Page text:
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New Jersey’s Evolving Law For UIM Coverage (NJ)

August 8, 2019

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<p style="text-align: justify;">The New Jersey Supreme Court recently granted certification in a case that will ask the Court to decide whether an insurer may exclude underinsured motorist coverage (UIM) for an accident involving a vehicle owned by the insured, but not covered under the subject policy.</p>
<p style="text-align: justify;">In<em> <a href="https://www.wcmlaw.com/wp-content/uploads/2019/08/Katchen-v.-GEICO.pdf">Katchen v. GEICO</a></em>, the insured was injured in a motorcycle accident.  Prior to settling his case, the insured submitted his claim to GEICO for UIM coverage.  The GEICO policy provided coverage for bodily injury that the insured was entitled to recover from the owner of an “underinsured motor vehicle”, but excluded coverage for "bodily injury sustained by an insured while occupying a motor vehicle owned by an insured and not described in the [d]eclarations and not covered by the Bodily Injury and Property Damage liability coverages of [the] policy."  Because the motorcycle was not listed on the declarations page, GEICO disclaimed coverage on the basis that it was not an “owned auto,” defined in the policy as a "vehicle described in this policy for which a premium charge is shown for these coverages."</p>
<p style="text-align: justify;">The insured argued that the exclusion was inapplicable for multiple reasons.  First, he argued that the failure to define "motor vehicle" results in an ambiguity as to the difference between "autos" and "motor vehicles.”  The court rejected this argument and found that a plain and ordinary reading of the exclusion demonstrated that a motorcycle was a motor vehicle, and any alternate conclusion would be a “strained construction”.   Further, the exclusion appeared in the UIM section of the policy.  Thus, unlike cases where a provision in the liability section of the policy were found not to apply to the UIM coverage, the court found that the exclusion could apply because it constituted a “clearly-worded UIM provision.”  Finally, rejecting the insured’s arguments that UIM coverage cannot be tied to a specific vehicle, the Court noted that the exclusion would not apply to vehicles driven by the insured but not owned by the insured, such as a rental vehicle.  Accordingly, the court concluded there was no coverage under the policy.  Subsequently, the insured appealed this ruling to the New Jersey Supreme Court, which has recently granted certification.</p>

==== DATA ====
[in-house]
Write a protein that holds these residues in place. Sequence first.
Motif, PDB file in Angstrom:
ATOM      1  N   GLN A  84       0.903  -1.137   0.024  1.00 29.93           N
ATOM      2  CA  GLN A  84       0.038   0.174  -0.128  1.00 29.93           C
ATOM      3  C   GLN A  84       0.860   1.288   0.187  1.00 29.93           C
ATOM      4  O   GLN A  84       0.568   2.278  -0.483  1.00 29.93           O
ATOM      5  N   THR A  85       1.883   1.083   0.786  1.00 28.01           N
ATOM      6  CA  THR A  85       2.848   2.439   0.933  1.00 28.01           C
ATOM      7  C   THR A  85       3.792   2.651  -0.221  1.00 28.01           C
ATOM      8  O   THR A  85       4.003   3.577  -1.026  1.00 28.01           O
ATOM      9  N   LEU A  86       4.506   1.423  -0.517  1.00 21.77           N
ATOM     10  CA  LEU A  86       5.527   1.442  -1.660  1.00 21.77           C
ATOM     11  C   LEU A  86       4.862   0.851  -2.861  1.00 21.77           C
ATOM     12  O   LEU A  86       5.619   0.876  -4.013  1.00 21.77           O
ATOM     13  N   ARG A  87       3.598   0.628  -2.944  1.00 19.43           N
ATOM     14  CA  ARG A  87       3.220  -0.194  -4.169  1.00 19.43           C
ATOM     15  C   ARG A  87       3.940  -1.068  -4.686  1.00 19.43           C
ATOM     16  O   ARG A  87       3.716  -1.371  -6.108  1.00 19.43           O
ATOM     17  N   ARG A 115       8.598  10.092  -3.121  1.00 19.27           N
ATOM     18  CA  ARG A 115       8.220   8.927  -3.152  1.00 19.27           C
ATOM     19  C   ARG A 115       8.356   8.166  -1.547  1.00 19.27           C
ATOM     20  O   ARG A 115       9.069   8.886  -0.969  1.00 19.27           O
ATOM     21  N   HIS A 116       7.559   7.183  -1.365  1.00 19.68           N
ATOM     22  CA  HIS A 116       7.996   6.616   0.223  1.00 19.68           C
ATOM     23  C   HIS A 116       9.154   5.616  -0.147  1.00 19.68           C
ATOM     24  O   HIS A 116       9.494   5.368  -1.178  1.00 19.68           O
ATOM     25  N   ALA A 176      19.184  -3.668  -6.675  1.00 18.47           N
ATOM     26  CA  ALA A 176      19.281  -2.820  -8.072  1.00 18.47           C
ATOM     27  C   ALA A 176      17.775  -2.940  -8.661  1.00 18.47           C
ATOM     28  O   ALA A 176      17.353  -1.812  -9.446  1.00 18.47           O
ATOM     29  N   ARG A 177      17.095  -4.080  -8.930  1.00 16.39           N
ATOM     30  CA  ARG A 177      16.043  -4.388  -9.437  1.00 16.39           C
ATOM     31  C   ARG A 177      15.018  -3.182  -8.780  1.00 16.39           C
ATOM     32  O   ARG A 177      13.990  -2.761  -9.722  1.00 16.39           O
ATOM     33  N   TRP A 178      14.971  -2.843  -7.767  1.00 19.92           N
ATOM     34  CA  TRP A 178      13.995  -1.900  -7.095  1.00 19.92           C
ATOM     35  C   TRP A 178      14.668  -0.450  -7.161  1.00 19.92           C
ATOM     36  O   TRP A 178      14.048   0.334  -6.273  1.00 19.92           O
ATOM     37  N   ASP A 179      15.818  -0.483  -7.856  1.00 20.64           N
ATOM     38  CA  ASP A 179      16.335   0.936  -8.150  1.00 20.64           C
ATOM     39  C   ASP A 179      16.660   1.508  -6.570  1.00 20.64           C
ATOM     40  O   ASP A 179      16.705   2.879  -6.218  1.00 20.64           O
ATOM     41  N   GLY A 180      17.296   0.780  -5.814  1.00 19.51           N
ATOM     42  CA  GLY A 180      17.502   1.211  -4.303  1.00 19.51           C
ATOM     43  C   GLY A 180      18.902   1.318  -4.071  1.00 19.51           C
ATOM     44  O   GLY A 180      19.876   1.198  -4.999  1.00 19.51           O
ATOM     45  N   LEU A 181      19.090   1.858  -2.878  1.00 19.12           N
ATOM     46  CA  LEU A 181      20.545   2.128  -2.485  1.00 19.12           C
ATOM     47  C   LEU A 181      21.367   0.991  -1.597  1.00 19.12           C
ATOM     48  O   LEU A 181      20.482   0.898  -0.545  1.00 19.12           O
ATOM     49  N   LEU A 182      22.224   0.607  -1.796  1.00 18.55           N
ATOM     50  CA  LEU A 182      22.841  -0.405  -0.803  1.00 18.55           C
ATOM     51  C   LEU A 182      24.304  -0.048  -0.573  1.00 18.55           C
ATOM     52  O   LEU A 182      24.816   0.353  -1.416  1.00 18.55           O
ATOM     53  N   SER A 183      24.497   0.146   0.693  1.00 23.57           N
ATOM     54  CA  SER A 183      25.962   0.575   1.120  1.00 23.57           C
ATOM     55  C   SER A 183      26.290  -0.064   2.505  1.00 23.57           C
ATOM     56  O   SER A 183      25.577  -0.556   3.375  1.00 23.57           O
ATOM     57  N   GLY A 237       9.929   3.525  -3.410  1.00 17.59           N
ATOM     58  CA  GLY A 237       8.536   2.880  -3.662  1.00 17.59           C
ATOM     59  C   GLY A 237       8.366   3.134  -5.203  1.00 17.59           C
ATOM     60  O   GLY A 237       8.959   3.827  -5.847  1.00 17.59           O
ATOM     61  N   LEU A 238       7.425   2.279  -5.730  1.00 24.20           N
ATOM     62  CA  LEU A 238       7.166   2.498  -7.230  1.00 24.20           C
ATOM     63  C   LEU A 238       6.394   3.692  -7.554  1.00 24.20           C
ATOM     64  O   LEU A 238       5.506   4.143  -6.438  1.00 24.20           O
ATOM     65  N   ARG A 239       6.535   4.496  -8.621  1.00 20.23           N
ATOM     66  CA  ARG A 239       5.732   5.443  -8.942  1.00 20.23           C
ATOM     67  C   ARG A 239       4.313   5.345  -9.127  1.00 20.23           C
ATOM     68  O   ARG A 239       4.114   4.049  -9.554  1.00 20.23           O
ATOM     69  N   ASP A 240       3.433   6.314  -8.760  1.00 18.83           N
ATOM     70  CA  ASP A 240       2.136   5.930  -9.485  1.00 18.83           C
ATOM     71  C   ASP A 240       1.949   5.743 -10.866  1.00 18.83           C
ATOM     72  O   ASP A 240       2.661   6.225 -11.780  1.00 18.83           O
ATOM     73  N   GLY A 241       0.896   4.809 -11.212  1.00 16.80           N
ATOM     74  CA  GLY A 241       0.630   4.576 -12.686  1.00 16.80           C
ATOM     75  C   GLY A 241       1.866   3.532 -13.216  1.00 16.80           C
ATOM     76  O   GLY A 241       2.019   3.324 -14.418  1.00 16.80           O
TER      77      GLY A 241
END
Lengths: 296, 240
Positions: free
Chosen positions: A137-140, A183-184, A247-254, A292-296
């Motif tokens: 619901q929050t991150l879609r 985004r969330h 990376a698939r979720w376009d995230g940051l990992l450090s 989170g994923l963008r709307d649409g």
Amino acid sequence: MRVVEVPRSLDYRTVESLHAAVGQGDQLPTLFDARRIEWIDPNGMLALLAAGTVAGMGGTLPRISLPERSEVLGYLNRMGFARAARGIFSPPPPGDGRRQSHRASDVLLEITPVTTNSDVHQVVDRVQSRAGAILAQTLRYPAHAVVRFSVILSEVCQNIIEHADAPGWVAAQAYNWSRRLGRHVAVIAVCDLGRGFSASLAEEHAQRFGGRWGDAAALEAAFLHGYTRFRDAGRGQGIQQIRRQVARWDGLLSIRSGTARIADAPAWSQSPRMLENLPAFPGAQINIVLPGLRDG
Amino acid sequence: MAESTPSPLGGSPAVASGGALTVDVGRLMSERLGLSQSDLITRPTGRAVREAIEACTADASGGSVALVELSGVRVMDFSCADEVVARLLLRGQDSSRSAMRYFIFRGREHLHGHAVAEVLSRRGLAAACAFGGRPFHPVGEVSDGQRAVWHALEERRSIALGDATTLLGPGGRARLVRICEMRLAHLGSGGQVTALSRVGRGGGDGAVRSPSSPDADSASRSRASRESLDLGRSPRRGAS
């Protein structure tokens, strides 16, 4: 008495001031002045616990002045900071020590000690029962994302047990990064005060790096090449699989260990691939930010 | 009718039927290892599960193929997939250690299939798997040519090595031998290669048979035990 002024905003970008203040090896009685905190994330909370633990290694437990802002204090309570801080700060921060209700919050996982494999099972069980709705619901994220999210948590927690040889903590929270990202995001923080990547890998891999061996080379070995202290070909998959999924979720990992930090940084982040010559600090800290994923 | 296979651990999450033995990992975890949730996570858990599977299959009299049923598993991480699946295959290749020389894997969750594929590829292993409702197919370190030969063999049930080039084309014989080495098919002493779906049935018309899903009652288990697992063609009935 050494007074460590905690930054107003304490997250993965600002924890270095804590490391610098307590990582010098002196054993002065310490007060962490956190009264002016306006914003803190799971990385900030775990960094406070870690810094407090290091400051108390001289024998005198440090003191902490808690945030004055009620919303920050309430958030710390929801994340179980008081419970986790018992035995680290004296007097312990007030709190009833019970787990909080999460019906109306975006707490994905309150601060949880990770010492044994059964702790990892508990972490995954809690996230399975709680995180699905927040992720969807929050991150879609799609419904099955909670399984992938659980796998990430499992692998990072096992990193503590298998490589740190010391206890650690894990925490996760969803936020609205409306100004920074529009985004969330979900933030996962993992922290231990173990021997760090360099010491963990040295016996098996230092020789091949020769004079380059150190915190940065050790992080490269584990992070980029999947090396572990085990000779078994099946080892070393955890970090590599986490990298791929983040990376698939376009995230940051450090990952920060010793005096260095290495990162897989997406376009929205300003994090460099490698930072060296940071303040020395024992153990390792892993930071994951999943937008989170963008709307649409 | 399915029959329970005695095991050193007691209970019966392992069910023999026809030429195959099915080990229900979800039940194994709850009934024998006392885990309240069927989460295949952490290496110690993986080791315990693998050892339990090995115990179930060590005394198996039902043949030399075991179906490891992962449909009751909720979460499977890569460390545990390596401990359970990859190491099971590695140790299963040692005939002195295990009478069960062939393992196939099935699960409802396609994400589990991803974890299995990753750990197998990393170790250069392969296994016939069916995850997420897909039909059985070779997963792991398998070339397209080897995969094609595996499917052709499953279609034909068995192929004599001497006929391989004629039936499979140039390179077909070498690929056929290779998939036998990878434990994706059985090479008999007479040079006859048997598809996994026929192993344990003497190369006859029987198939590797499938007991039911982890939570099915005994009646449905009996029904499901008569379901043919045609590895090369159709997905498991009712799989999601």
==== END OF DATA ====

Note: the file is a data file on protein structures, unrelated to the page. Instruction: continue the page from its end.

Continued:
<p style="text-align: justify;">The New Jersey Supreme Court’s future ruling on this matter will add yet another layer into the evolving law of UIM coverage in New Jersey.   Stay tuned to see how the Court rules.</p>
<p style="text-align: justify;">Thanks to Doug Giombarrese for his contribution to this post.  Please email <a href="mailto:chayes@wcmlaw.com">Colleen E. Hayes</a> with any questions.</p>

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